According to Sobaleva’s mother, whose detailed written statement is also in the record, police officers came to her house looking for Sobaleva on June 10 after she did not show up in court. They have returned repeatedly since then and have threatened that Sobaleva’s absence could cost her mother her job.

The immigration judge denied Sobaleva’s application, finding that her evidence, when compared with other cases this court has decided, did not establish that she had been persecuted for her political opinion or that she has a wellfounded fear of future persecution. Regarding her arrest in October 2009, the judge observed that Sobaleva was held for no more than 16 hours and “was not mistreated” during that time. Additionally, Sobaleva herself did not “consider [the 2009] incident to be significant,” which the judge inferred from her continued political activity and her failure to mention the incident when she applied for her visa at the U.S. Embassy. Regarding the confrontation with police in May 2010, the judge said that Sobaleva did not “contend that she was detained or seriously abused by the police in the incident.” And the judge concluded that the summons she received “standing alone” did not suggest that she would be persecuted in the future.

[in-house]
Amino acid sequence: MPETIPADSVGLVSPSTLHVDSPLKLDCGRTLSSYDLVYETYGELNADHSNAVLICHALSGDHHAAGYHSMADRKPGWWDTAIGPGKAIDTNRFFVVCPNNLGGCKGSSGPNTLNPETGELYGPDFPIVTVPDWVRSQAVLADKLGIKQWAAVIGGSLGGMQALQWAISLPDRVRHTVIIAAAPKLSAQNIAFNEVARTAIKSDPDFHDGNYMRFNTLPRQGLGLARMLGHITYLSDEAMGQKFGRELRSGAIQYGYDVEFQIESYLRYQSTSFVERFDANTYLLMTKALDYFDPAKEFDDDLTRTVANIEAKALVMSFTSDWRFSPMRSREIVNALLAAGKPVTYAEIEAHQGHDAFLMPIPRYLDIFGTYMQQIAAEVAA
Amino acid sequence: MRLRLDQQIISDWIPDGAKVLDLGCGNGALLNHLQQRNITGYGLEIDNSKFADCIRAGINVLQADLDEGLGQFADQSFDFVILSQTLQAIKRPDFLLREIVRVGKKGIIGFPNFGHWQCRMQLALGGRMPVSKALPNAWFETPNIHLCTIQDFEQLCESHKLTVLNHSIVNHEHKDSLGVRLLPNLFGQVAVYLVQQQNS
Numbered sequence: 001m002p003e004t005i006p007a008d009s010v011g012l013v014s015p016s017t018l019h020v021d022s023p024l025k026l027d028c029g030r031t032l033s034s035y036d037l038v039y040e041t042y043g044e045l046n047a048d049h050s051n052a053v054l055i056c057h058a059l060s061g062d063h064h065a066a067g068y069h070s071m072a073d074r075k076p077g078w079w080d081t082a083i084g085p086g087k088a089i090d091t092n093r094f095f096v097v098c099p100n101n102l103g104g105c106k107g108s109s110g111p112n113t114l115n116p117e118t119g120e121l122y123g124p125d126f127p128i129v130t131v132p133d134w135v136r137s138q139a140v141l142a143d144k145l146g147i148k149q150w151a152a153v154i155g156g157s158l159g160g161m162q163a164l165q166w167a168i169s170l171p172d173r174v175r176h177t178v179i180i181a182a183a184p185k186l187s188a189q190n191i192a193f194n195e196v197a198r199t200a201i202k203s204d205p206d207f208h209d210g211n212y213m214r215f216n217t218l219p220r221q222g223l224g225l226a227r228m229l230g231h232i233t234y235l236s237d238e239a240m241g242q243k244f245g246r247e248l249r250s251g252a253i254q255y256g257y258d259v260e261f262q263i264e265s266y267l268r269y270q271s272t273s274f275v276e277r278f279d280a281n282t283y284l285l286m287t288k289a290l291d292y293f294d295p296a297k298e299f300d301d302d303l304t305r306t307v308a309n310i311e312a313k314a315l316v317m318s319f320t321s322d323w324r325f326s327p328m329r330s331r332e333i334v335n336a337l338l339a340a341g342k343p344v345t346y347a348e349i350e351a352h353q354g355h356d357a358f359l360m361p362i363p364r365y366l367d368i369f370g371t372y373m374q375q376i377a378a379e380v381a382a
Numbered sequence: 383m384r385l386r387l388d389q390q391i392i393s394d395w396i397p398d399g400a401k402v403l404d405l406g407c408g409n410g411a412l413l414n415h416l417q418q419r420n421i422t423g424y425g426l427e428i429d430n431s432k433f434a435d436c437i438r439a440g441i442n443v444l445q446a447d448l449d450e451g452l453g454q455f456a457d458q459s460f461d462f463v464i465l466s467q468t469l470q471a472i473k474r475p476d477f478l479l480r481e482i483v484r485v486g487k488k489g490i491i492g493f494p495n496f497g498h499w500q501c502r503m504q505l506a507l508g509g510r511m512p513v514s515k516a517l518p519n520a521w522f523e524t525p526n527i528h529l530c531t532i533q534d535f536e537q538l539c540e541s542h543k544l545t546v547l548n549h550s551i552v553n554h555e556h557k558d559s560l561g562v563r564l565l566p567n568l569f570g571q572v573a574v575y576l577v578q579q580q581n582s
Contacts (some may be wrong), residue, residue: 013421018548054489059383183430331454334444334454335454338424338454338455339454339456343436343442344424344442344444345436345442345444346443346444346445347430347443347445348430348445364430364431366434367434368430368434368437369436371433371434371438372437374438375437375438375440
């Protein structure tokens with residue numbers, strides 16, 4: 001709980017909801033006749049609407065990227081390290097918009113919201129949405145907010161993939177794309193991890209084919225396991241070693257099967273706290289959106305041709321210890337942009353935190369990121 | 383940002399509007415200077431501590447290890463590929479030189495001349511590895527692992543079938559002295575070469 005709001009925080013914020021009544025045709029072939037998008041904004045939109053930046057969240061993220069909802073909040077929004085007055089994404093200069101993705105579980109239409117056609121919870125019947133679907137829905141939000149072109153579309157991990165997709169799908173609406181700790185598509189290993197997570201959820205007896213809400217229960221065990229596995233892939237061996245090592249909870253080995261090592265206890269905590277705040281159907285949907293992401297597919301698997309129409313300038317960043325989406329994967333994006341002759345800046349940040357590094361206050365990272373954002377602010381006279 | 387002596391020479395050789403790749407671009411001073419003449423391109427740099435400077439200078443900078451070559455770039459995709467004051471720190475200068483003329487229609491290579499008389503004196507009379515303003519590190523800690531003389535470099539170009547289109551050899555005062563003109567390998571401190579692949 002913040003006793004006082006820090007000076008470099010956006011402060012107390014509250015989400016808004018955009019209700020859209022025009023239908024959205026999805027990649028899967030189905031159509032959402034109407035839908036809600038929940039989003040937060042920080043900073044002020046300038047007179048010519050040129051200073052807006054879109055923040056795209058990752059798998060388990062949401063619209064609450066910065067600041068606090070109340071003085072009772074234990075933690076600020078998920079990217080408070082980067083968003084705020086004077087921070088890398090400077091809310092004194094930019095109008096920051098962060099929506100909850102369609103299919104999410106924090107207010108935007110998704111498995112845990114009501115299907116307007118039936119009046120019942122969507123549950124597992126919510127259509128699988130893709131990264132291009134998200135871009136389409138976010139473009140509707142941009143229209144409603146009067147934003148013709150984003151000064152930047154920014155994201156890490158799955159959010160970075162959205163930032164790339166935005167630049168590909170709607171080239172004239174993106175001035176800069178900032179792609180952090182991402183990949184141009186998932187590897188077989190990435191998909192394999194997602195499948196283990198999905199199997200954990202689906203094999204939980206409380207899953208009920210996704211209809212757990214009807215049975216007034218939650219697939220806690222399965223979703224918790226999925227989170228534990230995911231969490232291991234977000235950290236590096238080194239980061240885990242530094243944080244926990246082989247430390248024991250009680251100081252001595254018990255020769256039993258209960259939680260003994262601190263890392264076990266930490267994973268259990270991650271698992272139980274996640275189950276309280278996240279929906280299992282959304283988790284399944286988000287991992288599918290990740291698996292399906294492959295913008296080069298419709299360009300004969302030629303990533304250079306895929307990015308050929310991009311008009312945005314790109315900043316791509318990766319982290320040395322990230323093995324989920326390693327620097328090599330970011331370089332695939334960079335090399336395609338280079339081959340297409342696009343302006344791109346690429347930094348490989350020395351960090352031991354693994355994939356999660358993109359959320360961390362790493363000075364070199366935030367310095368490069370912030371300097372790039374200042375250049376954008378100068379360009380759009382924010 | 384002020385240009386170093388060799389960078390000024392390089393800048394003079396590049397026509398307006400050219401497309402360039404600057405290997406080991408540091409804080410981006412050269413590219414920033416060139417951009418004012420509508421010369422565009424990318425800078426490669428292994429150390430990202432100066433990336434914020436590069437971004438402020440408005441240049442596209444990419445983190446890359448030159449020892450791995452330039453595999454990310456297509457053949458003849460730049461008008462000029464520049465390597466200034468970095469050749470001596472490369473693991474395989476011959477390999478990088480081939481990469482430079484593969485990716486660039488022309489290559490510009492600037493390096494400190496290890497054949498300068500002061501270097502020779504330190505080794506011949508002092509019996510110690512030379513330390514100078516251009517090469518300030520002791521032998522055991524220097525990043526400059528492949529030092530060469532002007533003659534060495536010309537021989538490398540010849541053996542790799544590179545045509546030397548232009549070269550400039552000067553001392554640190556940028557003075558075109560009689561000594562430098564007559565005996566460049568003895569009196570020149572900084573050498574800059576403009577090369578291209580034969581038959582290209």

The Board of Immigration Appeals affirmed. The Board accepted the judge’s assessment that Sobaleva gave credible testimony, and we do the same. See Ndonyi v. Mukasey, 541 F.3d 702, 709 (7th Cir. 2008). The Board found, though, that the events she described and her supporting evidence were not enough to meet her burden of proof. Her treatment by police in and after the October 2009 protest was “condemnable” but “did not rise to the level of persecution” as shown by a comparison with the treatment of other asylum applicants in cases decided by this court. Regarding the May 2010 incident, which resulted in a concussion, the Board found that Sobaleva “did not meet her burden of showing that her political opinion was a central reason for the mistreatment she suffered.” The Board also found that Sobaleva had failed to establish a connection between the court summons she received and her political activity.

II. Analysis

To be eligible for asylum, Sobaleva needed to establish either that she has suffered past persecution on account of her political opinion (or another protected ground) or that she has a well-founded fear of future persecution on a protected ground. See 8 U.S.C. § 1101(a)(42)(A); N.L.A. v. Holder, 744 F.3d 425, 431 (7th Cir. 2014). Past persecution raises a rebuttable presumption that the petitioner has a well-founded fear of future persecution. See 8 C.F.R. § 1208.13(b)(1); N.L.A., 744 F.3d at 431. Sobaleva argues that the Board of Immigration Appeals and immigration judge misconstrued her evidence in numerous ways and failed to consider it in context. If properly considered, she contends, the evidence establishes that she was persecuted for her political opinion and has a well-founded fear of future persecution, entitling her to asylum.